James Coburn plays Dr. Peter Carey, a pathologist who arrives in Boston for a job at a hospital. When the hospital chief’s fifteen-year-old daughter dies from a botched abortion, Carey’s old friend Dr. Tao, a skilled Chinese-American surgeon, stands accused of murder. Frustrated by the police’s unwillingness to look past the hearsay evidence, Carey investigates himself.
Coburn would have made a great Philip Marlowe. His character has all the traits: tough, inquisitive, insubordinate, and incorruptible. He’s even from California. He’s not Marlowe, of course, but the script proffers some worthy dialog. Consider this exchange between Carey and the police captain Pearson, played by Pat Hingle:
Carey: And that’s all you need?
Pearson: That’s all. But if there’s more we’ll find it. Now Who knows, you might even be involved.
Carey: Oh, yeah, well, there’s always that possibility.
Pearson: Does that mean you are?
Carey: It means that, uh, that is a possibility.
Pearson: Why do you take a tough line, doctor?
Carey: Well, you can always bring out the rubber hose.
Pearson: Ah, no, we don’t do it that way anymore.
Carey: Oh, gee, I wish I could be more reassured about that.
Pearson: Uh, it’s better you aren’t.
Carey: Oh, you mean that in my case you just might make an exception?
Pearson: Anything is possible.
That could read out of a 30s or 40s pulp noir. But it also includes some modern quips, like after Carey sasses the hospital chief over the intercom and a coworker advises not to antagonize the boss. “Well, listen,” says Carey rising, “Before I kiss his ass, I think I’ll go have a look at it.” Good stuff.
The inciting incident also reminds us we’re dealing with a modern picture. We see the young girl pull up to her palatial home, then collapse into the steering wheel. Next she’s on a gurney being wheeled out of an ambulance, her crotch and upper thighs soaked and smeared with blood. A rough scene, but effective at upping the emotional stakes.
Besides abortion, the script introduces a host of other hot-button social issues. Consider how Dr. Tao describes the hospital chief to Carey:
With J.D., if you’re under 60 and white, you call him “Sir.” If you’re black, yellow or somewhere in between you evaporate.
And how a coworker justifies stonewalling Carey’s investigation:
A daughter of J.D. Randall was killed by an abortion. Now, someone has to pay. Tao’s an abortionist, and in Boston with a jury more than half Catholic, they’ll convict him on general principles.
Said coworker is also performing a biopsy for morphine on a blood sample from his son. Drug addiction also figures into the story, with the hospital discovering missing morphine and suspecting an inside job.
The trouble is, the film leaves most of these threads unresolved, rendering the mystery’s resolution unsatisfying. Carey uncovers reams of corruption, but it proves unrelated to the case he’s investigating.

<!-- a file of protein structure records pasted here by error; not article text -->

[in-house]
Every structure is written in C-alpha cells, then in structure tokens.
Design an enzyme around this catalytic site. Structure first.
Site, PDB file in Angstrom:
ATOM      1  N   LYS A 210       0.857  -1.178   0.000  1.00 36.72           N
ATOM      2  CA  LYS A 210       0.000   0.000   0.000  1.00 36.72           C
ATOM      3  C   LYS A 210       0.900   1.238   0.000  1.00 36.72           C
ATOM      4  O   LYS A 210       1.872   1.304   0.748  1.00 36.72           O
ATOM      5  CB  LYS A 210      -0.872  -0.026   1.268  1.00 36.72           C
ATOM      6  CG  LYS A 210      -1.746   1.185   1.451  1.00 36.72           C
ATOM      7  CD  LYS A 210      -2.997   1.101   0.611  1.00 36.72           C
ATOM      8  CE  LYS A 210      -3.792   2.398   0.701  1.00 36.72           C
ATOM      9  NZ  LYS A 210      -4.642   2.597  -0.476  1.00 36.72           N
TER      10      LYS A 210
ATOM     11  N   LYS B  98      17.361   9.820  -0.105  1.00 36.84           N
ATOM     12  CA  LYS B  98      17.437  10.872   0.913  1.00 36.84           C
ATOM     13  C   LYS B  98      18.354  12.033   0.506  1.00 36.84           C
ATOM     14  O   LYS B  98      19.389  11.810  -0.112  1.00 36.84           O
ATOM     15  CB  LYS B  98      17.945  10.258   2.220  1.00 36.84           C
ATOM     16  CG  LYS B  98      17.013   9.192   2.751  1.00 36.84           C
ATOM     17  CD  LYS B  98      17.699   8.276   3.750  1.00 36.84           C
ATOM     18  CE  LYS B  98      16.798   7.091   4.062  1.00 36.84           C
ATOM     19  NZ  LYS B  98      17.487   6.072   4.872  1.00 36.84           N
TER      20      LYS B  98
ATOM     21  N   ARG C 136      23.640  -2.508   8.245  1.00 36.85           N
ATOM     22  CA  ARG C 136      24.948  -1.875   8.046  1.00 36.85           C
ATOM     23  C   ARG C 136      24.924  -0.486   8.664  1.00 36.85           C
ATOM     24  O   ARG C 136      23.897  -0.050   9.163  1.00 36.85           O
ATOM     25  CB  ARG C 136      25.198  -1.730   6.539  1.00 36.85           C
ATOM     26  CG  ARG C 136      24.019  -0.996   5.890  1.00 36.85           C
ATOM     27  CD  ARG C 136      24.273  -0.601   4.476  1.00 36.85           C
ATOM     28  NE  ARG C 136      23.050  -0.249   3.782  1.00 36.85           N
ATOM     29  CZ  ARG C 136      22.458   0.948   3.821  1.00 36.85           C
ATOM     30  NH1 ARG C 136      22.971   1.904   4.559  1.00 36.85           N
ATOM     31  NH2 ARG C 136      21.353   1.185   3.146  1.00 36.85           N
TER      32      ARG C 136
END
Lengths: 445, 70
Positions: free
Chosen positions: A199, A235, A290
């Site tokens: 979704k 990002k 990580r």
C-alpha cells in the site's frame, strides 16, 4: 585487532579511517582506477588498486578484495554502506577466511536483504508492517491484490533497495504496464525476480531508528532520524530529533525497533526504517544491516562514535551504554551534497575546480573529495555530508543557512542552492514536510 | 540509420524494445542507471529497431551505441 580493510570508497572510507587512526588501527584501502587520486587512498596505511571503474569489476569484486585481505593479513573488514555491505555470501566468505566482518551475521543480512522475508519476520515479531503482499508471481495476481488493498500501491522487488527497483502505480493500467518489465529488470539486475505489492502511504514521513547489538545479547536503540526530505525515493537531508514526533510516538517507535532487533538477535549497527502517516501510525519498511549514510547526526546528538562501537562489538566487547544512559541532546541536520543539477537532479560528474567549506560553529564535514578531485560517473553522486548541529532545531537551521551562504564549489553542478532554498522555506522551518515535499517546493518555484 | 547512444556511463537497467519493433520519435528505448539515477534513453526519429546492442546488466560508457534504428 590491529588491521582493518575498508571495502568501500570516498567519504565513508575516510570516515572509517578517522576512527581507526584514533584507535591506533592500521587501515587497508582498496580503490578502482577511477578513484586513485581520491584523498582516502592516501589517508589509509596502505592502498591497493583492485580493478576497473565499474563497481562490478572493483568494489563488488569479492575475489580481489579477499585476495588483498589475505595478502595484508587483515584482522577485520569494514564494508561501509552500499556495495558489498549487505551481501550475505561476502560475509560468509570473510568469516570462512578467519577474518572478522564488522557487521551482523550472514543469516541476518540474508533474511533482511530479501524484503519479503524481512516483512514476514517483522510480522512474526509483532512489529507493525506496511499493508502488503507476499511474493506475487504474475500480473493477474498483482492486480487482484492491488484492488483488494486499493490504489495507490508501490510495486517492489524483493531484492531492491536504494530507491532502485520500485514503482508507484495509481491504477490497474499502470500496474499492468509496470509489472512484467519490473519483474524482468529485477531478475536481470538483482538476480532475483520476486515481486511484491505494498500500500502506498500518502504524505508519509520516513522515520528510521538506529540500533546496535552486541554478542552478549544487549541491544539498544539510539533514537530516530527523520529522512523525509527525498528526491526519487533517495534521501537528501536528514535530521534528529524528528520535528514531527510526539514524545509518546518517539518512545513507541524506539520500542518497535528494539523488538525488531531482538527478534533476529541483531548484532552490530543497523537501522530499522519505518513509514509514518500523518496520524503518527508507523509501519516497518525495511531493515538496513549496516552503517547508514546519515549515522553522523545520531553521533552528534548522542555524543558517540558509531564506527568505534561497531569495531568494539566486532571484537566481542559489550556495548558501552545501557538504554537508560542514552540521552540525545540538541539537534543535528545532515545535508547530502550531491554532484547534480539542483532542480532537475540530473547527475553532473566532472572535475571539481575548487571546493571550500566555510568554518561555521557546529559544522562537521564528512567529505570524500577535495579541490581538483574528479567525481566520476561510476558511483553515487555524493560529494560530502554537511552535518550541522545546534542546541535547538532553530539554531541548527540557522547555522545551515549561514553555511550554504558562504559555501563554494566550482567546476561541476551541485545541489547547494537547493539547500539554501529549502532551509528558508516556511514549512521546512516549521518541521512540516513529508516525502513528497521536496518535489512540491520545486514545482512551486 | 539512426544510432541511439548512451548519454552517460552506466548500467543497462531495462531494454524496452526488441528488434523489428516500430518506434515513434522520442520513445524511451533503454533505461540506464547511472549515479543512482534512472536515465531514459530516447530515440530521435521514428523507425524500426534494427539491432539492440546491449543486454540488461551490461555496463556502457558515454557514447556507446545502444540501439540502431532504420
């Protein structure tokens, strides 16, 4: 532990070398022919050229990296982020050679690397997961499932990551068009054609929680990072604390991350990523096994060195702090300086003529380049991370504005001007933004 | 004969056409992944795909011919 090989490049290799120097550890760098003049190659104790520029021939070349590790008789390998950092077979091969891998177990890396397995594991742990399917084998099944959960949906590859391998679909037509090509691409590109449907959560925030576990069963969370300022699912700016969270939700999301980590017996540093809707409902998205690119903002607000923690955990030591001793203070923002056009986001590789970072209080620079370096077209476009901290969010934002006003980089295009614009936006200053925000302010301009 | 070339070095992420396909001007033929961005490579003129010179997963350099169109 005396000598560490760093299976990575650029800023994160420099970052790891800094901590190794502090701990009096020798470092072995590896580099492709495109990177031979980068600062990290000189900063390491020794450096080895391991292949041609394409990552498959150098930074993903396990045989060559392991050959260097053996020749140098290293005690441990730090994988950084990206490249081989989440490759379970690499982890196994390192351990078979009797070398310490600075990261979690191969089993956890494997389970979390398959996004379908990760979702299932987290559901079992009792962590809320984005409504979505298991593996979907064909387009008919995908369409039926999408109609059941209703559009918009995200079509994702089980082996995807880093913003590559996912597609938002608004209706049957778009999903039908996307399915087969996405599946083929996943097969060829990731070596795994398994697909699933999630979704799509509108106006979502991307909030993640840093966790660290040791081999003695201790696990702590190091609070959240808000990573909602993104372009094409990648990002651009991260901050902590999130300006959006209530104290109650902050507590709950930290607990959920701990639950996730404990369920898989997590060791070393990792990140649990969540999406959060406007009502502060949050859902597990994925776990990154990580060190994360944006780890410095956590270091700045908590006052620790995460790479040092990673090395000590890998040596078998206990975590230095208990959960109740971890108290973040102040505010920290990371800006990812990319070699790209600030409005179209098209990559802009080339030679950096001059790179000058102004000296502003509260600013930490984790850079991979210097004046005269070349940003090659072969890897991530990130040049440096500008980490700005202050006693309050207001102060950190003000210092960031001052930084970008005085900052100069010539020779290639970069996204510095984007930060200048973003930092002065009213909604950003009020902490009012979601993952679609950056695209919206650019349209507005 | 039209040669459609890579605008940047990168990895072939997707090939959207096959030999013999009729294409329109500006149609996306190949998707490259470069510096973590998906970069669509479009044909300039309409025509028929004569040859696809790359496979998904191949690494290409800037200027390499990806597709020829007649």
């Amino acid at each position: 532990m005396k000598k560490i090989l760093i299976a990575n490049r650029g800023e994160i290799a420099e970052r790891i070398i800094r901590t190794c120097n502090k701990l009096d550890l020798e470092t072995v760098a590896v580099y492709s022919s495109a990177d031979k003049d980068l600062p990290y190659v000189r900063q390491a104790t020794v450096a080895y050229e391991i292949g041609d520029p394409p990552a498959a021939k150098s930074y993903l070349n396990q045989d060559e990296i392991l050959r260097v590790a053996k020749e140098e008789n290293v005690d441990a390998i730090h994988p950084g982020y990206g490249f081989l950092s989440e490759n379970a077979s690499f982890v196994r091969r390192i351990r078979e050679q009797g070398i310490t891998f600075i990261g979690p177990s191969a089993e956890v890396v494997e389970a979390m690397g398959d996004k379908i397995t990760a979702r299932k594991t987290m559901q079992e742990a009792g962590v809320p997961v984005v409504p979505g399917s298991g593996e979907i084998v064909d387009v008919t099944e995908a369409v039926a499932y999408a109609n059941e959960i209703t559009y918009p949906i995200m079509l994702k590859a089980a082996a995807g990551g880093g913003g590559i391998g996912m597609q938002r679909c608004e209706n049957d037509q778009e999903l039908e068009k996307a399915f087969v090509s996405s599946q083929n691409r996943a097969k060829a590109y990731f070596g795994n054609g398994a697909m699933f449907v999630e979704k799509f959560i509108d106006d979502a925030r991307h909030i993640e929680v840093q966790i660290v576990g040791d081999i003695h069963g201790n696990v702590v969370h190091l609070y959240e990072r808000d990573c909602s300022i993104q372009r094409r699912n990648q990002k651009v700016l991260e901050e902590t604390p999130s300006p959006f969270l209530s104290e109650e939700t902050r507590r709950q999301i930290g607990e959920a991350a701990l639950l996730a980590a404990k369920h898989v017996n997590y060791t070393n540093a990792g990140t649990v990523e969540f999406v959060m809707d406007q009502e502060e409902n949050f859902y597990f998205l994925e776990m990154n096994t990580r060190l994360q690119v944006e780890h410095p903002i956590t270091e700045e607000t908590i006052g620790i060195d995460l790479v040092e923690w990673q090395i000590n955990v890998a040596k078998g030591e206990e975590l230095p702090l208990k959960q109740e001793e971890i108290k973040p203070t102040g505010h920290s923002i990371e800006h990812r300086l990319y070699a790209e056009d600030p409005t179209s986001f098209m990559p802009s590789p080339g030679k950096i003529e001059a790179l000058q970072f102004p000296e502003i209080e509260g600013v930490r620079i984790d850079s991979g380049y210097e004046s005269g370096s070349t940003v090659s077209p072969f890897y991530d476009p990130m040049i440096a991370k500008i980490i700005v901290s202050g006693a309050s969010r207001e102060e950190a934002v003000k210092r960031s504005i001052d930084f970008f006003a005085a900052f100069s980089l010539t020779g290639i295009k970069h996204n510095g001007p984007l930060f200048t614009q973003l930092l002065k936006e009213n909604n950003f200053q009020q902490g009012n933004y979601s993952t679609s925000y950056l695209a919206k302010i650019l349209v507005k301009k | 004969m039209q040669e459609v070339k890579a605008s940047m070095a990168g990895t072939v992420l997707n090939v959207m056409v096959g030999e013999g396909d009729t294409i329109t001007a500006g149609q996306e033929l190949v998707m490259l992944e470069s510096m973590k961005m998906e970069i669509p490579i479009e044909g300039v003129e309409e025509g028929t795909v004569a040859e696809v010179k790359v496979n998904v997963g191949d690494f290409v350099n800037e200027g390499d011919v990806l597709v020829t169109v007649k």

Take the scene between Carey and the hospital chief’s new young wife. She tries to charm him early, but Carey’s having none of it.
Carey: Tell me about your daughter.
Mrs. Randall: My step daughter. I’m not old enough to have been her mother.
Carey: Oh, really?
Mrs. Randall: Yeah, really.
Carey: Oh, well, if you say so.
Mrs. Randall: Alright, doctor, get to the point.
Their dialog crackles, closing with this exchange.
Mrs. Randall: I don’t swipe lipsticks from the five and dime anymore. I sit in a family pew. I belong to the flower society. And I very seldom say shit in company.
Carey: Well, let’s hear it for Mrs. Randall.
Mrs. Randall: I’m a member of the club with all dues paid.
Carey: Can’t lay a glove on you?
Mrs. Randall: I don’t think so.
Carey: I’m gonna try.
Mrs. Randall: Be my guest.
A terrific scene, but she doesn’t figure into the mystery aside from having lied to the police. No hidden motive aside from a rush to a false conclusion.
Instead, the story sees Carey’s pathological skills aid him in discovering a key clue, then it devolves into a contrived finale set in the hospital where Carey extracts a confession from the real abortionist then survives an encounter with a scalpel-wielding killer. Neither of whom proves connected to any of the racism or corruption Carey’s uncovered, instead tying back to the hospital’s attempt to find out who’s stealing morphine.
Jennifer O’Neill’s character proves another casualty of this forced plotting. She charms from the outset, endearing herself to us and showing us what Carey sees in her from her first scenes. But then she disappears. You could cut her out of the film with no impact to the story. Granted, I prefer her disappearing than being forced into a third-act damsel-in-distress role, but a better script would have done more with her character.
Still, the first two acts shine. Coburn tool around in his wood-paneled station wagon, pushes his nose into powerful people’s business, and intimidates confessions out of their snobbish teenage daughters. The more people tell him to stop, the deeper he digs. Vintage Marlowe.